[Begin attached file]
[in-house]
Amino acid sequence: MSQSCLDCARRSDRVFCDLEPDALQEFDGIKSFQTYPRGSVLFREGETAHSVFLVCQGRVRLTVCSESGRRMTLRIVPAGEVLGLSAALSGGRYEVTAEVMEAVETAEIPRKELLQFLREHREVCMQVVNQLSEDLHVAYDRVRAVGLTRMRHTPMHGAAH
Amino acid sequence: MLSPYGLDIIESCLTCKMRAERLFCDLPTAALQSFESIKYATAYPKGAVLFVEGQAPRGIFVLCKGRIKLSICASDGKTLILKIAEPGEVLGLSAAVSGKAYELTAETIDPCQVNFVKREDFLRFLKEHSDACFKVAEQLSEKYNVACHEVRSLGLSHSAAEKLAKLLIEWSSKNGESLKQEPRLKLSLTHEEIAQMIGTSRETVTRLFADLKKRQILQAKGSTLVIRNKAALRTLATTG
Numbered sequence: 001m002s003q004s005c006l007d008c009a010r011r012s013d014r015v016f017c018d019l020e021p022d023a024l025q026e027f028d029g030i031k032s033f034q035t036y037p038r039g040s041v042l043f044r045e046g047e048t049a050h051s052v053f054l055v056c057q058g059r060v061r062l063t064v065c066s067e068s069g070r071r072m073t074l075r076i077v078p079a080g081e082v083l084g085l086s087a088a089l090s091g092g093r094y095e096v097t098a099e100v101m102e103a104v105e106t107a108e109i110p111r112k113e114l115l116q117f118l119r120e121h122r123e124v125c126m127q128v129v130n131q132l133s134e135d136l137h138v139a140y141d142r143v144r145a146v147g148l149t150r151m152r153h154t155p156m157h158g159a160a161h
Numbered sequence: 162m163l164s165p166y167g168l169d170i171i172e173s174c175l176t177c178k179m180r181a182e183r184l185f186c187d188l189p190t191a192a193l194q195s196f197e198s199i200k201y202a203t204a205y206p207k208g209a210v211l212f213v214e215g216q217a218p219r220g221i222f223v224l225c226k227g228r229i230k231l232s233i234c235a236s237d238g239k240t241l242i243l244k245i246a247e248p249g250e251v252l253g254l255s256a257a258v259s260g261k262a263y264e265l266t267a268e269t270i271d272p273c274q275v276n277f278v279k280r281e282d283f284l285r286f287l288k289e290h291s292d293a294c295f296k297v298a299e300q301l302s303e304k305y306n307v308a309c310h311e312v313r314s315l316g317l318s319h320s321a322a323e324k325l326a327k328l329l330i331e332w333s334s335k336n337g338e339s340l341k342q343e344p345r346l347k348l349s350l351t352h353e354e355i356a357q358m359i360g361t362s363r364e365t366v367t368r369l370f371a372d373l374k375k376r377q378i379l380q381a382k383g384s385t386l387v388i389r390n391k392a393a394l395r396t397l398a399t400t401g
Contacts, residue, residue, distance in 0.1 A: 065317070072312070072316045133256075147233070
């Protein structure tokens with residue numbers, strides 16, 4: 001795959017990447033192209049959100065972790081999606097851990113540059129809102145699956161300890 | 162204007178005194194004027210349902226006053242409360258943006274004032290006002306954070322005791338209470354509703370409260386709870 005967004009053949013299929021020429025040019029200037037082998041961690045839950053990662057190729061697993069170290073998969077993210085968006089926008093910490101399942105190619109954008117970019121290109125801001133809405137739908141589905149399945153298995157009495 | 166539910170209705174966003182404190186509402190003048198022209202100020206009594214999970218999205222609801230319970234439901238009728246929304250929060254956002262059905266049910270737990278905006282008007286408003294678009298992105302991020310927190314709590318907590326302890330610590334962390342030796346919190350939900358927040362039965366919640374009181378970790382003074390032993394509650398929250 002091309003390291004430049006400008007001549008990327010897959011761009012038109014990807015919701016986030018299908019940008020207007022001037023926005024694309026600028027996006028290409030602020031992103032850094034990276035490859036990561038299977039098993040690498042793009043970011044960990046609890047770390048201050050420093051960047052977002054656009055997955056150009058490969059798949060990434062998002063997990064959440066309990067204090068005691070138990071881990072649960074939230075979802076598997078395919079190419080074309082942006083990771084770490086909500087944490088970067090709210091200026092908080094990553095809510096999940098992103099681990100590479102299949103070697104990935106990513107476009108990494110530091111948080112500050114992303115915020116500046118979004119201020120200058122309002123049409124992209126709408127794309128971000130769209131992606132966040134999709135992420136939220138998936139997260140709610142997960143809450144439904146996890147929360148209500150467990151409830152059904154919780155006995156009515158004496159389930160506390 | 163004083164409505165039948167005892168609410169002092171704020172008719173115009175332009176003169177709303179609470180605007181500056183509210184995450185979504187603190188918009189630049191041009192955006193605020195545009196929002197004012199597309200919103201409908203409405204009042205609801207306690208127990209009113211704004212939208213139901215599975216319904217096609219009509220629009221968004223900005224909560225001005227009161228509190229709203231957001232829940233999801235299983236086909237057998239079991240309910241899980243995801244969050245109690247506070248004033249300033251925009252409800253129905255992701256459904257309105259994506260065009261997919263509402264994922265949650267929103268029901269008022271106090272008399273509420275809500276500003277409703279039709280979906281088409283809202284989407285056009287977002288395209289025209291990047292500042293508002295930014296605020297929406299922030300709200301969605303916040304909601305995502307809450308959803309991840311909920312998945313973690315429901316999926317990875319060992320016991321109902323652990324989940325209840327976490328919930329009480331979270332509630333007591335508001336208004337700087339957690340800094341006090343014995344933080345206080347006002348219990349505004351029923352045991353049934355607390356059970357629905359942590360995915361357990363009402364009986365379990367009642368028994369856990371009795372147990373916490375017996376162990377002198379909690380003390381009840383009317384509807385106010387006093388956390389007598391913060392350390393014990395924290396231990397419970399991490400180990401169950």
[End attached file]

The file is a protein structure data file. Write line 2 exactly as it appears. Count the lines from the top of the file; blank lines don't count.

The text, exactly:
Amino acid sequence: MSQSCLDCARRSDRVFCDLEPDALQEFDGIKSFQTYPRGSVLFREGETAHSVFLVCQGRVRLTVCSESGRRMTLRIVPAGEVLGLSAALSGGRYEVTAEVMEAVETAEIPRKELLQFLREHREVCMQVVNQLSEDLHVAYDRVRAVGLTRMRHTPMHGAAH